It's in the lycopeneHere's a possible explanation for the fact that Italians are famous for their Don Juan-esque qualities: the pizza and spaghetti sauce makes them look more attractive, granting them a shiny skin devoid of sunburn and wrinkles. A new research presented at the British Society for Investigative Dermatology has discovered that 5 tablespoons of tomato paste added daily to your diet improves your skin's capacity to fight harmful UV radiation, which can cause several affections, from premature aging to skin cancer.
This effect could be provoked by an antioxidant called lycopene, abundant in tomatoes, especially in cooked ones. A 2007 research had already shown that a lycopene rich diet was connected to decreased risk of prostate cancer.
Now, the team made of researchers from Manchester and Newcastle, UK, asked 10 subjects to consume around 55 g of standard tomato paste (comprising mainly cooked tomatoes) and 10g of olive oil daily. Another 10 subjects consumed only the olive oil.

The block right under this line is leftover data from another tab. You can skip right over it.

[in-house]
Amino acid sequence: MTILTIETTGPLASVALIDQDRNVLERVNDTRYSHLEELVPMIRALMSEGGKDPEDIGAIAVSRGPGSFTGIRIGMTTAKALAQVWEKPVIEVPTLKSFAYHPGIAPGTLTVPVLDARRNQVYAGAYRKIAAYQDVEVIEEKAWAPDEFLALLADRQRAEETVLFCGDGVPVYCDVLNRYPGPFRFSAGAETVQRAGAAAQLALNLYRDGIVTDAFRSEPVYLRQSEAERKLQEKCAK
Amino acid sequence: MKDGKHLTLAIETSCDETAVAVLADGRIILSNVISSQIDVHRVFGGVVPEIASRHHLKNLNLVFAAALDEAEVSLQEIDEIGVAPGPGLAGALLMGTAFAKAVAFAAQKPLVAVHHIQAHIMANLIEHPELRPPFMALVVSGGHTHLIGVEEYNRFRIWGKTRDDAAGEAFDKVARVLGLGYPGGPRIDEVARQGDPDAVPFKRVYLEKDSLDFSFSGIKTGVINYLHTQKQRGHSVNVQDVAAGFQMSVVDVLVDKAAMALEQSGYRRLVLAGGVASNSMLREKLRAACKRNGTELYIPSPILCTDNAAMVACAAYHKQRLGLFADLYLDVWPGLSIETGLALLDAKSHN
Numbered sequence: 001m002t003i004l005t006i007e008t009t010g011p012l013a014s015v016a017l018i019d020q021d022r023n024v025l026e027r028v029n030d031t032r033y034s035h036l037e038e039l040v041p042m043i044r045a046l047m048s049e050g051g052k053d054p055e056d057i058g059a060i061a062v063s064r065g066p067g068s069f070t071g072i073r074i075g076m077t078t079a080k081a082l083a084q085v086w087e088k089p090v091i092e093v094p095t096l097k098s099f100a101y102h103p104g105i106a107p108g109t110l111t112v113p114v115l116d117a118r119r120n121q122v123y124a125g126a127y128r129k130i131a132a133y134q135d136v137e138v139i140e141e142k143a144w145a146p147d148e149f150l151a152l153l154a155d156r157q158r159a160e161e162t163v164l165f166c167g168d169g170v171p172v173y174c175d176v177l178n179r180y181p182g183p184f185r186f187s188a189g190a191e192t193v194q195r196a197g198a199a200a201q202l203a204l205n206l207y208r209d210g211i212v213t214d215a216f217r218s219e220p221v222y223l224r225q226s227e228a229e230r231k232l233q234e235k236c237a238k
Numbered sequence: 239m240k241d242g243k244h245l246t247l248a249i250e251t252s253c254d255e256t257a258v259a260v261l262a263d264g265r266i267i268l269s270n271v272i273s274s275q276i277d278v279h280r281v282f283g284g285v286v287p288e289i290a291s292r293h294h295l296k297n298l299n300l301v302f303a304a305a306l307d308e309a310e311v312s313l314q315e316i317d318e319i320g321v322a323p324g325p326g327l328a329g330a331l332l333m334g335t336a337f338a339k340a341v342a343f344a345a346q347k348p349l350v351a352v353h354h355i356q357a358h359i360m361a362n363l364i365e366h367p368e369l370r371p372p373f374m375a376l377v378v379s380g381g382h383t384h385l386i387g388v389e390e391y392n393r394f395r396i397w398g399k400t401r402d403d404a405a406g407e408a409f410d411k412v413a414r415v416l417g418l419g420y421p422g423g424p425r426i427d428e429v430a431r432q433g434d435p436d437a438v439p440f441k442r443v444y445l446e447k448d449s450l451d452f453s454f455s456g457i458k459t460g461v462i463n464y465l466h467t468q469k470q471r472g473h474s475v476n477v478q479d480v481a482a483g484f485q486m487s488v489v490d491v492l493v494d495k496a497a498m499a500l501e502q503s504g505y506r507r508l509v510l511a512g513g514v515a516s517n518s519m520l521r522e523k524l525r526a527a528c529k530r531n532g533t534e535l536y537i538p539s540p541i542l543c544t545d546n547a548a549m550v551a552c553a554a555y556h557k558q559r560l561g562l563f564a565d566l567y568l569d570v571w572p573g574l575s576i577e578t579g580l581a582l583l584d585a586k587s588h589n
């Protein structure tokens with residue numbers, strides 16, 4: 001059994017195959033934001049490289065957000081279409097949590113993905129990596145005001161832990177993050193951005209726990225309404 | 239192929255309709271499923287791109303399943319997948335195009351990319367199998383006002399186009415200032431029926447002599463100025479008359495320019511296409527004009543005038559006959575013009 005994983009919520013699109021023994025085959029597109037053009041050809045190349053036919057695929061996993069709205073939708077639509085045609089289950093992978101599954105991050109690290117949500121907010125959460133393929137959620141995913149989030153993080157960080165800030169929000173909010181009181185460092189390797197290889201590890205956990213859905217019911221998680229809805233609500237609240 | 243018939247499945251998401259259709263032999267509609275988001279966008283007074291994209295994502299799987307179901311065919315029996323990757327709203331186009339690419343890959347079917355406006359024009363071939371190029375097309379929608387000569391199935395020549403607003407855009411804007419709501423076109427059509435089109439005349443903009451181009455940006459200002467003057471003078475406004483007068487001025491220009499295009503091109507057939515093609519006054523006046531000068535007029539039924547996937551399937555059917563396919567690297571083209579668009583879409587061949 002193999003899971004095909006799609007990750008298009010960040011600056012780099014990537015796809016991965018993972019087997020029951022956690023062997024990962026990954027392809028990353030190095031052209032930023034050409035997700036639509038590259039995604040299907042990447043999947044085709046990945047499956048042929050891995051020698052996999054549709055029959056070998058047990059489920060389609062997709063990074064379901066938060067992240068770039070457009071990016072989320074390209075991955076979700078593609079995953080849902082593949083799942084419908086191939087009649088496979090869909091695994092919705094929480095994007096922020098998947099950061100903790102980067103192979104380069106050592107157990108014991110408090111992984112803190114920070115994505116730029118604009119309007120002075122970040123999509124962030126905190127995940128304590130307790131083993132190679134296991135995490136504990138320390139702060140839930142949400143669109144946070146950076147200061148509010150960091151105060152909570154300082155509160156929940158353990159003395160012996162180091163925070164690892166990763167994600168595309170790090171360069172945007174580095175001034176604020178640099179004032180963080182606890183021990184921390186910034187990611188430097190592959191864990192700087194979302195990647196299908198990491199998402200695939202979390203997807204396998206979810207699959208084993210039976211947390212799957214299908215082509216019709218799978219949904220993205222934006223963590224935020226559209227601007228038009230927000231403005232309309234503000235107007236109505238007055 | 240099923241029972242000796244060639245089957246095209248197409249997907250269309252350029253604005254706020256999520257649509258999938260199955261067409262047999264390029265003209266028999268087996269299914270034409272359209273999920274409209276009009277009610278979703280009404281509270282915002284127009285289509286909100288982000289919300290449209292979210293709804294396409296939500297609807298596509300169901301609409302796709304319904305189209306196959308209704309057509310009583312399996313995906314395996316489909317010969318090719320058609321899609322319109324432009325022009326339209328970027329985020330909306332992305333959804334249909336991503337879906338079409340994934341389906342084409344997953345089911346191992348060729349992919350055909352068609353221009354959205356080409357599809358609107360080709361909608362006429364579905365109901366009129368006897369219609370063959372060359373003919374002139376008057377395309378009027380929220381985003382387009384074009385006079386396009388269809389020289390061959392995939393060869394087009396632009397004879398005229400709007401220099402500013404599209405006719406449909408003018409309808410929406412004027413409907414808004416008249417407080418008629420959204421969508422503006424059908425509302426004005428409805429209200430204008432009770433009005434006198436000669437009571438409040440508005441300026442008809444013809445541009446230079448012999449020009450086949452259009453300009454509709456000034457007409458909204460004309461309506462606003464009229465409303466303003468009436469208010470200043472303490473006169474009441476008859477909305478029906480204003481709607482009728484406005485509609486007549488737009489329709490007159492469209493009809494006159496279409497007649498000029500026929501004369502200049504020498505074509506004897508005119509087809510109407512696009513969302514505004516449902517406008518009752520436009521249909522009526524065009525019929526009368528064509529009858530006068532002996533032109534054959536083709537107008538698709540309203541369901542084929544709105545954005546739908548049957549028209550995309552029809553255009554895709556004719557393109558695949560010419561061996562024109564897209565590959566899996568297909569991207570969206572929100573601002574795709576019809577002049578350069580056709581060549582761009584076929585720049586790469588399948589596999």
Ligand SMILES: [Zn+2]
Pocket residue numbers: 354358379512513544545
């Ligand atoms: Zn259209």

Three months later, skin analysis revealed that the tomato group displayed 33% more protection against sunburn (tomato consumption had the same effect like a very low factor sun cream), having significantly higher levels of procollagen, a protein controlling skin structure and making it firm and smooth.
"The tomato diet boosted the level of procollagen in the skin significantly. These increasing levels suggest potential reversal of the skin aging process. These weren't huge amounts of tomato we were feeding the group. It was the sort of quantity you would easily manage if you were eating a lot of tomato-based meals," Professor Lesley Rhodes, a dermatologist at the University of Manchester told BBC News.
Still, researchers warned that tomatoes help but do not replace a sun cream. This research was made on a small poll of people and for a short period of time, that's why further investigation is required in order to assess the precise effect of the lycopene for the skin.